He attended the Coldwater schools graduating with the class of 1933. In September of that year he enlisted in the Navy and was honor man of his company during his boot training at San Diego, Calif. In January, 1935, he joined his brother, Ralph, in serving on the U. S. S. Louisville, the boys finishing their enlistments together.
Bill was honorably discharged from the Navy September, 1938, as Machinist's Mate Second Class, and exactly a year later re-enlisted in the Navy. He was chosen to go to New London, Conn., to attend a diesel school. After graduation he was promoted to the rank of Chief Engineer and was assigned to the U. S. S. Barbet, a mine sweeper in the Caribbean area.
In June, 1943, he was assigned to an L. S. T., and lost his life while crossing the English Channel during the European Invasion.
During his nearly nine years in the Navy Bill rose in rank, step by step, from apprentice seaman to ensign. He was a member of the Coldwater Christian church.
Ensign Griffith is survived by his parents, Mr. and Mrs. Bert Griffith, one brother, Ralph; one sister, Mrs. Lorena Wilson; two nieces, Erma Wilson and Cheryl Rae Griffith, all of Coldwater, also by many other relatives and a host of friends.
The entire community joins in extending to the bereaved relatives their sincere sympathy in the loss of a brave and noble young man who made the Supreme Sacrifice for his country's security.
USS LST-523 sunk by a mine off Normandy, France, 19 June 1944.
NavSource Online: Amphibious Photo Archive - LST-523
LST-523 LST-523 was laid down on 15 October 1943 at Jeffersonville, Ind., by the Jeffersonville Boat & Machine Co.; launched on 6 December 1943; sponsored by Mrs. Cleona S. Rauth; and commissioned on 3 February 1944. During World War II, LST-523 was assigned to the European theater and participated in the invasion of Normandy in June 1944. On 19 June 1944, she was sunk by an enemy mine. The ship was struck from the Navy list on 22 August 1944. LST-523 earned one battle star for World War II.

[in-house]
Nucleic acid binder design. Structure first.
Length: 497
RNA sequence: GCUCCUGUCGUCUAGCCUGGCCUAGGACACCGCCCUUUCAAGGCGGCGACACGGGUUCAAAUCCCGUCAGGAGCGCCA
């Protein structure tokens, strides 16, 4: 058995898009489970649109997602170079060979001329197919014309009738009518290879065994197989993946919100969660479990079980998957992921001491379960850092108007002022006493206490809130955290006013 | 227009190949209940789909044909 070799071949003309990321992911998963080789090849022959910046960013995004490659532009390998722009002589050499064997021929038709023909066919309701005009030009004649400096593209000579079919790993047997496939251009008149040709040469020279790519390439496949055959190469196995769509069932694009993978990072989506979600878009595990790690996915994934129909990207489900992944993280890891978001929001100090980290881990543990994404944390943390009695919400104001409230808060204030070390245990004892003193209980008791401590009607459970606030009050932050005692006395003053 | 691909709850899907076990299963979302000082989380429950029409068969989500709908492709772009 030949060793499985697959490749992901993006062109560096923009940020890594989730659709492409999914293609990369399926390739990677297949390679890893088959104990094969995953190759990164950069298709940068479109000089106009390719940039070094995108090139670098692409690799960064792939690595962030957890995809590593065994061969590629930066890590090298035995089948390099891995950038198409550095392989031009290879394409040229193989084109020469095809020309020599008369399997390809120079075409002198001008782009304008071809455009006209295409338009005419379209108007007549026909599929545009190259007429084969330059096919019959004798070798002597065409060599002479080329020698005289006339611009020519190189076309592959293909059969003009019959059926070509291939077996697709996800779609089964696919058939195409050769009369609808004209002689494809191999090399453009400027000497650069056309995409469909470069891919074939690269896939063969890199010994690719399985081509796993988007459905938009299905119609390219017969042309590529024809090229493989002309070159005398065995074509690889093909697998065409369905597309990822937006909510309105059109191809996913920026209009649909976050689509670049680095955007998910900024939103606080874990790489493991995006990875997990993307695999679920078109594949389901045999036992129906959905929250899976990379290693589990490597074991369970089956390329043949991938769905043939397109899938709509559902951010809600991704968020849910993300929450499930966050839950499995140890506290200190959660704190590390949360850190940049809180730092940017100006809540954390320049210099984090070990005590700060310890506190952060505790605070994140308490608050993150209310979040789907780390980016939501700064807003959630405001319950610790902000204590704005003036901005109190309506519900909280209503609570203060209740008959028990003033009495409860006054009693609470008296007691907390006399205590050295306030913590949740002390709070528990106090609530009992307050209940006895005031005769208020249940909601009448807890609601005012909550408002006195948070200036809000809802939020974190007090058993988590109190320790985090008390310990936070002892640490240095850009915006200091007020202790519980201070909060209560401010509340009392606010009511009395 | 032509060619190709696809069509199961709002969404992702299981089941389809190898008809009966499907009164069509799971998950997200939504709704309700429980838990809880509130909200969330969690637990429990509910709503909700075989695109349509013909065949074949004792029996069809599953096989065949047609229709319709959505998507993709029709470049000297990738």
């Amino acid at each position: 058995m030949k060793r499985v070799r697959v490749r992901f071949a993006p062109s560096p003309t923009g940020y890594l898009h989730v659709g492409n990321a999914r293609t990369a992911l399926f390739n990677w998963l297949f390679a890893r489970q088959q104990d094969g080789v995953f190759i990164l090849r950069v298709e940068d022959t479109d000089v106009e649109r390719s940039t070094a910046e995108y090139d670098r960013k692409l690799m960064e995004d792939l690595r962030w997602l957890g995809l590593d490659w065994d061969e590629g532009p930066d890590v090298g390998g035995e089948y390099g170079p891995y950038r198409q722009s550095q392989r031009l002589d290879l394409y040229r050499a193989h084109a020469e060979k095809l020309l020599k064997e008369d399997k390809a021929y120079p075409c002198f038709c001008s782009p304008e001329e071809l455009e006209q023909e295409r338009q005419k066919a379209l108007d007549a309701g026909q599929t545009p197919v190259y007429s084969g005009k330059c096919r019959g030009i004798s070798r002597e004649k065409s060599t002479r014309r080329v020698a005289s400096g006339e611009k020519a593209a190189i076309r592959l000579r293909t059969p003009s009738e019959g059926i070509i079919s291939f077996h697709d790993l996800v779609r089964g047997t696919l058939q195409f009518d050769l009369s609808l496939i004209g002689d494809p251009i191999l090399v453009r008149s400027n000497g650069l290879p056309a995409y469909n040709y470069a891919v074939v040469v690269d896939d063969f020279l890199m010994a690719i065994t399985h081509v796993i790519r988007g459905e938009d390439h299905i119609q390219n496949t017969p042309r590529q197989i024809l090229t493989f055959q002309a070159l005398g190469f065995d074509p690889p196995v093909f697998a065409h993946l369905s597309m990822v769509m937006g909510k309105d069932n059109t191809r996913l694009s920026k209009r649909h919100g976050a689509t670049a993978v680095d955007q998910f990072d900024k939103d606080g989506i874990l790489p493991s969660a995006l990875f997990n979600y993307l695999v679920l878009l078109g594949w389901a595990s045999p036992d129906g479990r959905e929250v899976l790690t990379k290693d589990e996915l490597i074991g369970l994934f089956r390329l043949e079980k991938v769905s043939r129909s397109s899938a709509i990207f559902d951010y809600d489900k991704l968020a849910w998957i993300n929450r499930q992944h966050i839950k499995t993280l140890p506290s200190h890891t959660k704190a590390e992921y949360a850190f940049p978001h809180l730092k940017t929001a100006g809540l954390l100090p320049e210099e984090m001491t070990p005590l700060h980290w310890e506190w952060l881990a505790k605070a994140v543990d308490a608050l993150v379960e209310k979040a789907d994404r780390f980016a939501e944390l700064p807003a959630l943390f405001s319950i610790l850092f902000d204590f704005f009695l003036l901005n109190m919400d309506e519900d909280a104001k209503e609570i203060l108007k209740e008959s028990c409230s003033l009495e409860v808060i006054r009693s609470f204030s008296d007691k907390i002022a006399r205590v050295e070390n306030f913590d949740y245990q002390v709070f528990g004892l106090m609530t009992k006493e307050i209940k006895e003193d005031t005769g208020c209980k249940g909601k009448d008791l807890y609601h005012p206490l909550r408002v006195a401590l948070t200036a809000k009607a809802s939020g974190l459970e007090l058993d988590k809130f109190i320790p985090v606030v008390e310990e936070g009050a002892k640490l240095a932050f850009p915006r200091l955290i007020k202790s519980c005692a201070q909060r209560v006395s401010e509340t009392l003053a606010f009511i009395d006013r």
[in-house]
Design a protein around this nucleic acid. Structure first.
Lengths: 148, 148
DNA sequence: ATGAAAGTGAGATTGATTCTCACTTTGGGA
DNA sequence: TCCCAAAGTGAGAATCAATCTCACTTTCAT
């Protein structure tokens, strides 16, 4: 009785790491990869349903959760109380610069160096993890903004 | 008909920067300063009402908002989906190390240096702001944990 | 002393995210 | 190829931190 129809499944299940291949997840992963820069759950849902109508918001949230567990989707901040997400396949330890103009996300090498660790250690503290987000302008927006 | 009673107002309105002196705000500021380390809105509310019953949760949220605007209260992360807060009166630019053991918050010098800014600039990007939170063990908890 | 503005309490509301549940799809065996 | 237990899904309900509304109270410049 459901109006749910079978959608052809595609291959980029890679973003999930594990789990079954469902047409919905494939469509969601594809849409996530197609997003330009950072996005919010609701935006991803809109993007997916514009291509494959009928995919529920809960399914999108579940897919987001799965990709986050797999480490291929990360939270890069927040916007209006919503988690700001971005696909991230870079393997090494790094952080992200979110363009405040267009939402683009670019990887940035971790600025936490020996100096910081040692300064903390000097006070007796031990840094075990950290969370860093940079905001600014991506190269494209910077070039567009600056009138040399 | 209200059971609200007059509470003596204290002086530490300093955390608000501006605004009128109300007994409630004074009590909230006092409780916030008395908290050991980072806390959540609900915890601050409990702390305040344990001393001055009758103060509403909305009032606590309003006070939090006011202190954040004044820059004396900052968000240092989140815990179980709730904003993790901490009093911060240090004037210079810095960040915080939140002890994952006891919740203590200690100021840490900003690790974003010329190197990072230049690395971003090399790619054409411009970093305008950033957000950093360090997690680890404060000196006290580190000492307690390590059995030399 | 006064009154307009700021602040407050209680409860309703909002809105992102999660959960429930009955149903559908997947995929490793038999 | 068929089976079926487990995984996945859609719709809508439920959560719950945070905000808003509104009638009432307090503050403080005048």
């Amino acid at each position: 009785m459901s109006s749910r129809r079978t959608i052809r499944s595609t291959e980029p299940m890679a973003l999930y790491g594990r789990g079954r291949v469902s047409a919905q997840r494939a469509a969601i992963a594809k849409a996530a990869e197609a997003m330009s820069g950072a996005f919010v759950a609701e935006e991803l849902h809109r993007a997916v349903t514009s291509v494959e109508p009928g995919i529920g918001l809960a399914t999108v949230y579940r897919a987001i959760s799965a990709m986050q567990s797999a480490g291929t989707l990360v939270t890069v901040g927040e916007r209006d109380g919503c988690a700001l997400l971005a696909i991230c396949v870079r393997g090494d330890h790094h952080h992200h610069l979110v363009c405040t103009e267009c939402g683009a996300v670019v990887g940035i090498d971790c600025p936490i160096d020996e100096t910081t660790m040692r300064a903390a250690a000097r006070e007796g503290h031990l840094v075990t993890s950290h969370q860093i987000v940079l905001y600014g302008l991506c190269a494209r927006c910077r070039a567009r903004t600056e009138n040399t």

Diving on the wreck of the LST-523: "Our first dive was on LST (Landing Ship Tanks) 523. Built in Indianapolis, this 328ft vessel was launched as USS Carbonelle in February 1944 to take part in Operation Overlord, the Allied invasion of Europe.LSTs were larger than infantry landing craft and operated by beaching themselves. The bow doors would open, allowing the cargo of tanks, armoured cars, bulldozers or lorries to drive off, and the LST would then wait for the flood tide to float it off again.Displacing 1635 tons and capable of 11 knots, LST 523 made several trips across the Channel, carrying Sherman tanks to reinforce the British forces. She finally hit a German mine on the morning of 19 June while fully loaded and, heavily damaged in the bows, turned over and sank in just two minutes, in waters 29m deep."